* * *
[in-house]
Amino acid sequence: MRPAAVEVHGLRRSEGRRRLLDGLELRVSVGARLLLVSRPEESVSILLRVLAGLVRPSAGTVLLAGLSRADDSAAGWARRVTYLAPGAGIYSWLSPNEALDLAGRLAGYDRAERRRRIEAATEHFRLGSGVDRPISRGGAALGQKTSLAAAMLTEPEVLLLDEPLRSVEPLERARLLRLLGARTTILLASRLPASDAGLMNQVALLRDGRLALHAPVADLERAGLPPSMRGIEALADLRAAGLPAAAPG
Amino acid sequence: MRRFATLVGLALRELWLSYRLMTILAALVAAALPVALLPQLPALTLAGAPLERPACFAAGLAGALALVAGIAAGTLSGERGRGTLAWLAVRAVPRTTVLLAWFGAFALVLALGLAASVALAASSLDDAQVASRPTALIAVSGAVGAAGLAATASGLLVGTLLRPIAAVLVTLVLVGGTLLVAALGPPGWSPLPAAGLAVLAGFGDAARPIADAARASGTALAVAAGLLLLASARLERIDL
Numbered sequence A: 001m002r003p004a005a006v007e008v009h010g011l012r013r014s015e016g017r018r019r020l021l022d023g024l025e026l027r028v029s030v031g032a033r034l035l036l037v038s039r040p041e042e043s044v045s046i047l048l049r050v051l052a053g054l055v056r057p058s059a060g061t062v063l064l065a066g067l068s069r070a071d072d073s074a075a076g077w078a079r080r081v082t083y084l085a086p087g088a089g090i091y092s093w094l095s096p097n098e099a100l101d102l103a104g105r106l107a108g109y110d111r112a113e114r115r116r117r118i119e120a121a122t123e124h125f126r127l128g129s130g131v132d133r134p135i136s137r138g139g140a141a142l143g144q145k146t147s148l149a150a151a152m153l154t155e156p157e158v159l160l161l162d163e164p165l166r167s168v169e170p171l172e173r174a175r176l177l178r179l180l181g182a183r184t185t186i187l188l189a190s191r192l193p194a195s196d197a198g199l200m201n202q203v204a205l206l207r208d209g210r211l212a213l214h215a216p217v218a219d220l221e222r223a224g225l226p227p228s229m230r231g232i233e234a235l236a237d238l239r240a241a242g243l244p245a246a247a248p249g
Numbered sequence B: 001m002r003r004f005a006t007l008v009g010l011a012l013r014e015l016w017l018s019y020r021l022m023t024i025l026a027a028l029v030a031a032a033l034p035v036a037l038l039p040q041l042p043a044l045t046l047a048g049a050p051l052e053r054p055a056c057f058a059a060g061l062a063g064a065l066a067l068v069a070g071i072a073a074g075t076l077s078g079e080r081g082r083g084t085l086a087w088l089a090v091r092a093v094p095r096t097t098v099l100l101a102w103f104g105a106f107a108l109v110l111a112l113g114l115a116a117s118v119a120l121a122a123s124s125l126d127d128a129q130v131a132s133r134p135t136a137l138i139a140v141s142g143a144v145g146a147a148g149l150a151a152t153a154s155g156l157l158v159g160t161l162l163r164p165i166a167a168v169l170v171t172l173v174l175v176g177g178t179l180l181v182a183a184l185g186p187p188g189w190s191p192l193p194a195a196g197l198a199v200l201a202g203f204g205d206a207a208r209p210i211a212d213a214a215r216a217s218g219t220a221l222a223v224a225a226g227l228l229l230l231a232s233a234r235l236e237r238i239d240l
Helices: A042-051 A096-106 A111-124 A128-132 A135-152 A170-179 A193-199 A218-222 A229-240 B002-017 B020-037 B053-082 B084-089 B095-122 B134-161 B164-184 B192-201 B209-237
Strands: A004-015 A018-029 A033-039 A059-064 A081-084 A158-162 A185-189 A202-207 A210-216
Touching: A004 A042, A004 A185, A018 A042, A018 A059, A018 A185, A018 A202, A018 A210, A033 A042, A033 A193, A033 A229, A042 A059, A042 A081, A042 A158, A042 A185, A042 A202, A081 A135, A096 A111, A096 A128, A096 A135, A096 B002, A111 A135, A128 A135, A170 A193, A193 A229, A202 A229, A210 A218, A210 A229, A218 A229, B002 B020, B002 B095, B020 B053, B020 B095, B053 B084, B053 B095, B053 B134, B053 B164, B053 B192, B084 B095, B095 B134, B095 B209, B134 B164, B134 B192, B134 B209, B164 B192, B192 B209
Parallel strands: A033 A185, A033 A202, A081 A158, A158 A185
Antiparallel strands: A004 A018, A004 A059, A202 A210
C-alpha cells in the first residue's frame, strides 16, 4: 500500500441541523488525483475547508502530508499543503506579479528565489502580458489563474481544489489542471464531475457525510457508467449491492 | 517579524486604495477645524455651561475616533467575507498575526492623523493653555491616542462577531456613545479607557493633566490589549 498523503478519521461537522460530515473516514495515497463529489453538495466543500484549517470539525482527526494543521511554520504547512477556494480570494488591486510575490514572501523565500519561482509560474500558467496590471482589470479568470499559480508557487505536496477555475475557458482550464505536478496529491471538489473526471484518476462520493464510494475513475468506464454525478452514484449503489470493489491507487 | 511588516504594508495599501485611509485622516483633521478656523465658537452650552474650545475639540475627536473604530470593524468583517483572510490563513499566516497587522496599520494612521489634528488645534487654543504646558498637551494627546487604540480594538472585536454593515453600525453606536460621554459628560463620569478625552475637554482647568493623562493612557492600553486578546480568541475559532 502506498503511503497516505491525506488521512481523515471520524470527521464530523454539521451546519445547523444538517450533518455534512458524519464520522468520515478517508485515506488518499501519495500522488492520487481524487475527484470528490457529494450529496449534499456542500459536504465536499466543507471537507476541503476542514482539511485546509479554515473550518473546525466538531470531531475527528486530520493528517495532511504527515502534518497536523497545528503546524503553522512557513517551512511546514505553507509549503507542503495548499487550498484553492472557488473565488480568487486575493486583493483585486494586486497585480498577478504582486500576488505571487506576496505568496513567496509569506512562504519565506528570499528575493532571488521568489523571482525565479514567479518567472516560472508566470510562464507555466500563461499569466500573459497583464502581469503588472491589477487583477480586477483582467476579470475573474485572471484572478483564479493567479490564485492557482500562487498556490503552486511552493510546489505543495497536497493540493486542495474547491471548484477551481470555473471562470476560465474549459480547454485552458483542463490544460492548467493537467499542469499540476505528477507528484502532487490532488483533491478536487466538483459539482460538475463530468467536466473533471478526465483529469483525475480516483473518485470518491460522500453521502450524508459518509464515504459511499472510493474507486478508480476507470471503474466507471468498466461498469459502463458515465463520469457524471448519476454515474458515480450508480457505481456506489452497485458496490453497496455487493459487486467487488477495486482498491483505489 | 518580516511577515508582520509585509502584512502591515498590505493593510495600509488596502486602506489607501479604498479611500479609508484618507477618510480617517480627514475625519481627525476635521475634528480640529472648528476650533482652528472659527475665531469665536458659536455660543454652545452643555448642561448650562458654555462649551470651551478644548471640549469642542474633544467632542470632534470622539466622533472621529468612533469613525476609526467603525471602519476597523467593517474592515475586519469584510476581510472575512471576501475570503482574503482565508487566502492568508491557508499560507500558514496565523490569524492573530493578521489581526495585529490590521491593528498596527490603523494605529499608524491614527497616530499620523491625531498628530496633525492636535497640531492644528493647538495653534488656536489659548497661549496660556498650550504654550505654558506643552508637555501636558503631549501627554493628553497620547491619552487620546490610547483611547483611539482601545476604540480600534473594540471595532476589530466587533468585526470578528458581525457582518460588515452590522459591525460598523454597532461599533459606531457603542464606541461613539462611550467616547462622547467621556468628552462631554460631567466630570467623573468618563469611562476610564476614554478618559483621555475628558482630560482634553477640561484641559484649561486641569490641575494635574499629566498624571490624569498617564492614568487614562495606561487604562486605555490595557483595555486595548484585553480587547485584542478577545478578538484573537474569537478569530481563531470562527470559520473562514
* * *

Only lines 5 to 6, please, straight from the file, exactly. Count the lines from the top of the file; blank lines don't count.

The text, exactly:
Numbered sequence B: 001m002r003r004f005a006t007l008v009g010l011a012l013r014e015l016w017l018s019y020r021l022m023t024i025l026a027a028l029v030a031a032a033l034p035v036a037l038l039p040q041l042p043a044l045t046l047a048g049a050p051l052e053r054p055a056c057f058a059a060g061l062a063g064a065l066a067l068v069a070g071i072a073a074g075t076l077s078g079e080r081g082r083g084t085l086a087w088l089a090v091r092a093v094p095r096t097t098v099l100l101a102w103f104g105a106f107a108l109v110l111a112l113g114l115a116a117s118v119a120l121a122a123s124s125l126d127d128a129q130v131a132s133r134p135t136a137l138i139a140v141s142g143a144v145g146a147a148g149l150a151a152t153a154s155g156l157l158v159g160t161l162l163r164p165i166a167a168v169l170v171t172l173v174l175v176g177g178t179l180l181v182a183a184l185g186p187p188g189w190s191p192l193p194a195a196g197l198a199v200l201a202g203f204g205d206a207a208r209p210i211a212d213a214a215r216a217s218g219t220a221l222a223v224a225a226g227l228l229l230l231a232s233a234r235l236e237r238i239d240l
Helices: A042-051 A096-106 A111-124 A128-132 A135-152 A170-179 A193-199 A218-222 A229-240 B002-017 B020-037 B053-082 B084-089 B095-122 B134-161 B164-184 B192-201 B209-237